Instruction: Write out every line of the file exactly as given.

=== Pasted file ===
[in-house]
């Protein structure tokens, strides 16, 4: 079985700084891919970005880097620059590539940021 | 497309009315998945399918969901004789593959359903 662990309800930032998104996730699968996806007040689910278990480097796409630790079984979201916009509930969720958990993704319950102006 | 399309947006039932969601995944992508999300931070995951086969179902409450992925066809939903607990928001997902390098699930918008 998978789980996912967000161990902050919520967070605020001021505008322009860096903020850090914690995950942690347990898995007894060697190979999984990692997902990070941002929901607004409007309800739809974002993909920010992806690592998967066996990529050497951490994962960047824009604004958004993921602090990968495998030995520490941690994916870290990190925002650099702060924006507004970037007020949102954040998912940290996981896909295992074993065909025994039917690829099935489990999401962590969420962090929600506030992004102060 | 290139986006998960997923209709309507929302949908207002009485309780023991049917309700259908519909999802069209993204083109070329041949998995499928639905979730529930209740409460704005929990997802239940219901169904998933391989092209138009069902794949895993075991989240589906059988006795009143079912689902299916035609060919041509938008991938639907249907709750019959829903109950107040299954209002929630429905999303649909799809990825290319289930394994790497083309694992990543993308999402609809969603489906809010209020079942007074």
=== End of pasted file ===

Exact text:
[in-house]
């Protein structure tokens, strides 16, 4: 079985700084891919970005880097620059590539940021 | 497309009315998945399918969901004789593959359903 662990309800930032998104996730699968996806007040689910278990480097796409630790079984979201916009509930969720958990993704319950102006 | 399309947006039932969601995944992508999300931070995951086969179902409450992925066809939903607990928001997902390098699930918008 998978789980996912967000161990902050919520967070605020001021505008322009860096903020850090914690995950942690347990898995007894060697190979999984990692997902990070941002929901607004409007309800739809974002993909920010992806690592998967066996990529050497951490994962960047824009604004958004993921602090990968495998030995520490941690994916870290990190925002650099702060924006507004970037007020949102954040998912940290996981896909295992074993065909025994039917690829099935489990999401962590969420962090929600506030992004102060 | 290139986006998960997923209709309507929302949908207002009485309780023991049917309700259908519909999802069209993204083109070329041949998995499928639905979730529930209740409460704005929990997802239940219901169904998933391989092209138009069902794949895993075991989240589906059988006795009143079912689902299916035609060919041509938008991938639907249907709750019959829903109950107040299954209002929630429905999303649909799809990825290319289930394994790497083309694992990543993308999402609809969603489906809010209020079942007074």